While the recommendations are being implemented, there is still a long way to go to total adoption and full regulation. The FATF is aiming to bring consistency through its virtual asset service provider frameworks, its recommendations, and its review.
In addition to the recommendations from the FATF, other jurisdictions are coming to terms with how to regulate cryptocurrency. The European Union has found it is hard to set clear and strict rules given the opaque nature of the Internet (anonymity provided by IP addresses, data being moved quickly, locations disguised via a virtual network, etc.). It is proving near impossible to apply sanctions in the world of cyber in the same way as against arms dealers or nuclear proliferation activities.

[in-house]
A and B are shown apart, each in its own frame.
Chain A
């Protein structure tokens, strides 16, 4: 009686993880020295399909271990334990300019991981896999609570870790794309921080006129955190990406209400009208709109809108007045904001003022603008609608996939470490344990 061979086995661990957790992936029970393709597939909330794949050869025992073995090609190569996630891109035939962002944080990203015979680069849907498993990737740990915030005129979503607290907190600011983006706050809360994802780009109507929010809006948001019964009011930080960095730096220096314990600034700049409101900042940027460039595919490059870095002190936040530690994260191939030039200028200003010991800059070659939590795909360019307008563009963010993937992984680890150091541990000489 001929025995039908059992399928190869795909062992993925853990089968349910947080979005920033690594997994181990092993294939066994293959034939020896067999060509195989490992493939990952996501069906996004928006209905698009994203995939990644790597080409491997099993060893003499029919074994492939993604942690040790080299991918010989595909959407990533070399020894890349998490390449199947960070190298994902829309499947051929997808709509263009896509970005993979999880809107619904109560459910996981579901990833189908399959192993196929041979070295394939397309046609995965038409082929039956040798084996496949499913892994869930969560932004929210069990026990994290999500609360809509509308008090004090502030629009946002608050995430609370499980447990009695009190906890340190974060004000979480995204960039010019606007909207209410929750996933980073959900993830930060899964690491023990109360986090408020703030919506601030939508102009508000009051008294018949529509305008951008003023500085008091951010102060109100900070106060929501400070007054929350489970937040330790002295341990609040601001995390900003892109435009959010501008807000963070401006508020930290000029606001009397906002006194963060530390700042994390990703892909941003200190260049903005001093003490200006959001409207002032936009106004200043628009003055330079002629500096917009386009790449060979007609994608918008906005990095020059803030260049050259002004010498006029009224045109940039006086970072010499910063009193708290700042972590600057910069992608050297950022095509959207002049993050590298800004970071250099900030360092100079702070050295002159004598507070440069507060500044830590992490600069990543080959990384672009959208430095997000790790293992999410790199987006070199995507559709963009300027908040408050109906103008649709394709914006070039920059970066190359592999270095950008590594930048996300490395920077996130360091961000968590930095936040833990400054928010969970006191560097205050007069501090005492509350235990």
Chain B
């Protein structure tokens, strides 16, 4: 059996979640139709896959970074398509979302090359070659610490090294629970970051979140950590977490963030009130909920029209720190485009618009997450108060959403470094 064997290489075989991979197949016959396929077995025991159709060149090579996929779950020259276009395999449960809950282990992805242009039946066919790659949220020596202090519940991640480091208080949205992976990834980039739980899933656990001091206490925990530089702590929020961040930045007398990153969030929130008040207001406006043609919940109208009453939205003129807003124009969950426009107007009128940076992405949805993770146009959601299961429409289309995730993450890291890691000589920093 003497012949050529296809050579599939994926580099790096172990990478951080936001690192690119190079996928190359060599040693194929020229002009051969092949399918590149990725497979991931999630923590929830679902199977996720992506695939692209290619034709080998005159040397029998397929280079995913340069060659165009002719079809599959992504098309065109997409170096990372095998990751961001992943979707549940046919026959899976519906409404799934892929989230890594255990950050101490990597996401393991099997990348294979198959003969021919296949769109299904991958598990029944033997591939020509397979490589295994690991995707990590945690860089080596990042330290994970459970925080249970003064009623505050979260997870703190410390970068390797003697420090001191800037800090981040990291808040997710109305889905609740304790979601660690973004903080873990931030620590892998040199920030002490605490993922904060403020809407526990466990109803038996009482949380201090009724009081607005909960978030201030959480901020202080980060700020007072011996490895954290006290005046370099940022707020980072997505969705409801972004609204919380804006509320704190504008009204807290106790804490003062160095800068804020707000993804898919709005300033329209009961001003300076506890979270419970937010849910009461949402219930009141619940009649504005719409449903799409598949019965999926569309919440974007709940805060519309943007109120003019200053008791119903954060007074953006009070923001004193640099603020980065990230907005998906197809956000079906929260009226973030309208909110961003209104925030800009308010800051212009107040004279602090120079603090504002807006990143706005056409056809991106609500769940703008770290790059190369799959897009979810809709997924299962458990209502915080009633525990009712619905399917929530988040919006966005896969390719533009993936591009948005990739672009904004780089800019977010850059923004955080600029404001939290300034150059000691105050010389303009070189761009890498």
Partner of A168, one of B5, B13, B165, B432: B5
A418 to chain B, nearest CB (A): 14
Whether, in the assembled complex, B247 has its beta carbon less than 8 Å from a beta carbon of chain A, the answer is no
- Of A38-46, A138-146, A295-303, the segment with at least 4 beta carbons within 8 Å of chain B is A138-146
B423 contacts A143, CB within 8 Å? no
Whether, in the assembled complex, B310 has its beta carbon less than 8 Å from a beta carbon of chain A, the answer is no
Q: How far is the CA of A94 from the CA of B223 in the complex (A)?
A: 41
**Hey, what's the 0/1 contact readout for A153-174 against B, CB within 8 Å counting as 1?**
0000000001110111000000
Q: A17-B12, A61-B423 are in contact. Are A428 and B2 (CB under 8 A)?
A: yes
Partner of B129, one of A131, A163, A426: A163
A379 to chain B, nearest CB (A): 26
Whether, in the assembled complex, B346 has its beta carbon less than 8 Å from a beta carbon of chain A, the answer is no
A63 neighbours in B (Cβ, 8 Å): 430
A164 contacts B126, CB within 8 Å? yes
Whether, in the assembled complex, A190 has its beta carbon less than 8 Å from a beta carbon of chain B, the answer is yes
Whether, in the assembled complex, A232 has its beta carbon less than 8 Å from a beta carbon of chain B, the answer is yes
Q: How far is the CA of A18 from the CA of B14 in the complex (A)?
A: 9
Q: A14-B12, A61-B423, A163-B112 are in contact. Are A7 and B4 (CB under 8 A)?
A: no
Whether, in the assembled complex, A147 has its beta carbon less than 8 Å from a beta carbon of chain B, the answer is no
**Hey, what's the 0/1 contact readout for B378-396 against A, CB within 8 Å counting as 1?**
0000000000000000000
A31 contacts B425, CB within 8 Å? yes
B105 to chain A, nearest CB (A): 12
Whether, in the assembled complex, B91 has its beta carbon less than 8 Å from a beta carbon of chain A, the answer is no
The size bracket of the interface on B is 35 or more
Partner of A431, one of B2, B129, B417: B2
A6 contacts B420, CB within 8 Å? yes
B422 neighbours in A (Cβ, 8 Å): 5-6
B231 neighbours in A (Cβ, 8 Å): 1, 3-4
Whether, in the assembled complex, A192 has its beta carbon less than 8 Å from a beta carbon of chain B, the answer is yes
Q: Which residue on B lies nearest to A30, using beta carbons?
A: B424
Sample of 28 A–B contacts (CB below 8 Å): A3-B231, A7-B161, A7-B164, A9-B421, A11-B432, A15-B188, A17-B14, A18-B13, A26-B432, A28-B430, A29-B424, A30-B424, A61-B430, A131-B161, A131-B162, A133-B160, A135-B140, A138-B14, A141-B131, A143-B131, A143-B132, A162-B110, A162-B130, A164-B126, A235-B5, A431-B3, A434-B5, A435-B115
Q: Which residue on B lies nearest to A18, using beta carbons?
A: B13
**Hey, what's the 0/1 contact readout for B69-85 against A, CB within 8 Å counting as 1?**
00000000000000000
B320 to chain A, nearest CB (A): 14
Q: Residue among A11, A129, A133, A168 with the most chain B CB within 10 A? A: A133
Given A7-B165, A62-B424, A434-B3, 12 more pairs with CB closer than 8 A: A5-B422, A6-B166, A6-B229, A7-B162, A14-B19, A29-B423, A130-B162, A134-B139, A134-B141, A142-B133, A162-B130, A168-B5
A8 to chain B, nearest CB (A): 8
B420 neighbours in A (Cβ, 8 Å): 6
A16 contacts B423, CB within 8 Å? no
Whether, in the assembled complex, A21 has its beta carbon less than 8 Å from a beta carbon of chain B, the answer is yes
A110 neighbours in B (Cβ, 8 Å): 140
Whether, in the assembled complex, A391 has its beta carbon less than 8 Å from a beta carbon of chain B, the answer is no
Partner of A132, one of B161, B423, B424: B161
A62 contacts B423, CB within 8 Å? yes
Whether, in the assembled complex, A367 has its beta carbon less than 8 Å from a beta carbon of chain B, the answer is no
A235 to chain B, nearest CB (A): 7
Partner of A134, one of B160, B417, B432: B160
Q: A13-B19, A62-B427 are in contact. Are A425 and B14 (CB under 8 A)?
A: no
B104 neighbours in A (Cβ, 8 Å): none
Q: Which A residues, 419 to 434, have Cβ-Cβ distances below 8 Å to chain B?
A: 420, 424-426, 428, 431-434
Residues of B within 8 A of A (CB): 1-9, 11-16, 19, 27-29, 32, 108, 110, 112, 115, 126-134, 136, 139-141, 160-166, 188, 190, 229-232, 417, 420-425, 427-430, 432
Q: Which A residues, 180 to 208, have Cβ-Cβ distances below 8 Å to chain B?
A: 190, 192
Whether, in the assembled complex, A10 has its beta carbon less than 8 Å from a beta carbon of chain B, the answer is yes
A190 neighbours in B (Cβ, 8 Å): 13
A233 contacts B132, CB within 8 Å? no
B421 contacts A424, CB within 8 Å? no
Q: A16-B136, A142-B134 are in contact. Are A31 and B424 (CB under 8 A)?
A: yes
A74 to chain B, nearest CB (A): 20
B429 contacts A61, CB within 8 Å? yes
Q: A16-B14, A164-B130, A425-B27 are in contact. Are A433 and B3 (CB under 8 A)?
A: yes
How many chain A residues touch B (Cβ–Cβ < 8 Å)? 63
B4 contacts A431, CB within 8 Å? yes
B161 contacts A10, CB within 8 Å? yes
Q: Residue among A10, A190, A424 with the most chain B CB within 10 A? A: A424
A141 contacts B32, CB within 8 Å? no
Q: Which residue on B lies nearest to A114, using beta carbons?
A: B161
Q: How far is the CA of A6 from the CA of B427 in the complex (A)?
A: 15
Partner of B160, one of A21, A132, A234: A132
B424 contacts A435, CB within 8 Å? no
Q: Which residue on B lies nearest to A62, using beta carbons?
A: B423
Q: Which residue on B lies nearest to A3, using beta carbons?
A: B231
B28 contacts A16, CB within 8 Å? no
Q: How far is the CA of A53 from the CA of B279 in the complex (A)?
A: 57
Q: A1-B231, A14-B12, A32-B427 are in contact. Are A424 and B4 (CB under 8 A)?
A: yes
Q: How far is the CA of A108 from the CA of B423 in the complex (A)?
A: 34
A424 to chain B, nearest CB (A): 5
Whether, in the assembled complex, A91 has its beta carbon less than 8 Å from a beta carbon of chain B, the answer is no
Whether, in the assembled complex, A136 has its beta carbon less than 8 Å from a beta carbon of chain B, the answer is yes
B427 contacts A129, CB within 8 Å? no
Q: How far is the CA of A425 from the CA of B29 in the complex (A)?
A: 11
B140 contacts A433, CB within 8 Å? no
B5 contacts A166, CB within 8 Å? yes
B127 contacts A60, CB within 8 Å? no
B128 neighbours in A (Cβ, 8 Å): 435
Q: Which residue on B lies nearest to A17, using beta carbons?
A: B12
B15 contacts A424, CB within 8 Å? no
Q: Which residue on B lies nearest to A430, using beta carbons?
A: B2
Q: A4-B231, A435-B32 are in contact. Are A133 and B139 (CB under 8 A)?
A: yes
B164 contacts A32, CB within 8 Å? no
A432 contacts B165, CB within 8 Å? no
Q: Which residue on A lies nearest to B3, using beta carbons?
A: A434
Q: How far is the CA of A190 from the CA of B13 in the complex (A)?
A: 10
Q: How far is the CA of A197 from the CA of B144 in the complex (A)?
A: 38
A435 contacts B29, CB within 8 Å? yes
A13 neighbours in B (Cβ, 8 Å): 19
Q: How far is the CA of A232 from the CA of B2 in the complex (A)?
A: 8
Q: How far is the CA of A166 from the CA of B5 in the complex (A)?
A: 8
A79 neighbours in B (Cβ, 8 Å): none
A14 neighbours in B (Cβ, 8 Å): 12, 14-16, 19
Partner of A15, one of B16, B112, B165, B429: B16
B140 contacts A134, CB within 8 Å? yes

Nevertheless, the European Union in November 2020 imposed its first cyber-sanctions regime targeting Russian, North Korean, and Chinese actors deemed responsible for cyber-attacks against EU member states. Similarly, the United States has also pursued sanctions and indictments against Russian, North Korean, and Chinese actors. However, attributing blame and guilt in the cyber-sphere often lacks what would otherwise be deemed essential evidence, either because governments don’t have access to incontrovertible proof or because they are unwilling to provide it.
Further, given IP addresses can be altered or hidden, the location of a perpetrator’s address constitutes neither adequate nor necessarily correct evidence of their true location. The easily blurred and untraceable nature of cyber-space will therefore make identifying the complete networks of individuals difficult. Cyber-sanctions may consequently not result in significant asset freezes or have much impact on the financial networks supporting illicit cyber-actors. Thus, it’s unsurprising that it’s taking some time for authorities to come to grips with it all.